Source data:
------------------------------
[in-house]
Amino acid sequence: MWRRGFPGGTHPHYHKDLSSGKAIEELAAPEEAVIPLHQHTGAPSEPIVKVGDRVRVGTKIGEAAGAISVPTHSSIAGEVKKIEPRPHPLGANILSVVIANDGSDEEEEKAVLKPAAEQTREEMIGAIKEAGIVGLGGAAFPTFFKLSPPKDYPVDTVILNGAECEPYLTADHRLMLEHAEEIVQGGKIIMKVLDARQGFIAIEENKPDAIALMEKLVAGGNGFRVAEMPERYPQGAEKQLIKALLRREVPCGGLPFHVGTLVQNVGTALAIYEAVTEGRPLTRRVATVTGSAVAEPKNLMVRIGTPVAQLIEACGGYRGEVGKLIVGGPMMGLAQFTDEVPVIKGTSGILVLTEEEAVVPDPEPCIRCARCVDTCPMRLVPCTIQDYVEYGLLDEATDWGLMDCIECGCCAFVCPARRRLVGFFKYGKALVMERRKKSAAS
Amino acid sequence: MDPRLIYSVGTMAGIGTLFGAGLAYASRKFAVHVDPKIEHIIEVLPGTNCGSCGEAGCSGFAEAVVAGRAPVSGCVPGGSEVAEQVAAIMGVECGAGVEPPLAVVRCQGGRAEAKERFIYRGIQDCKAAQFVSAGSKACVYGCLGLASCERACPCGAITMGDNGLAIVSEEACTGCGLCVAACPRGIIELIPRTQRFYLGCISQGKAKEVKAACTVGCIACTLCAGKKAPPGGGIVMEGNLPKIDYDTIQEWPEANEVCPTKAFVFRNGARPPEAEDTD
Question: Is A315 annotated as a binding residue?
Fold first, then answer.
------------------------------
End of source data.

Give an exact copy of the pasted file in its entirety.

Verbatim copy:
[in-house]
Amino acid sequence: MWRRGFPGGTHPHYHKDLSSGKAIEELAAPEEAVIPLHQHTGAPSEPIVKVGDRVRVGTKIGEAAGAISVPTHSSIAGEVKKIEPRPHPLGANILSVVIANDGSDEEEEKAVLKPAAEQTREEMIGAIKEAGIVGLGGAAFPTFFKLSPPKDYPVDTVILNGAECEPYLTADHRLMLEHAEEIVQGGKIIMKVLDARQGFIAIEENKPDAIALMEKLVAGGNGFRVAEMPERYPQGAEKQLIKALLRREVPCGGLPFHVGTLVQNVGTALAIYEAVTEGRPLTRRVATVTGSAVAEPKNLMVRIGTPVAQLIEACGGYRGEVGKLIVGGPMMGLAQFTDEVPVIKGTSGILVLTEEEAVVPDPEPCIRCARCVDTCPMRLVPCTIQDYVEYGLLDEATDWGLMDCIECGCCAFVCPARRRLVGFFKYGKALVMERRKKSAAS
Amino acid sequence: MDPRLIYSVGTMAGIGTLFGAGLAYASRKFAVHVDPKIEHIIEVLPGTNCGSCGEAGCSGFAEAVVAGRAPVSGCVPGGSEVAEQVAAIMGVECGAGVEPPLAVVRCQGGRAEAKERFIYRGIQDCKAAQFVSAGSKACVYGCLGLASCERACPCGAITMGDNGLAIVSEEACTGCGLCVAACPRGIIELIPRTQRFYLGCISQGKAKEVKAACTVGCIACTLCAGKKAPPGGGIVMEGNLPKIDYDTIQEWPEANEVCPTKAFVFRNGARPPEAEDTD
Question: Is A315 annotated as a binding residue?
Fold first, then answer.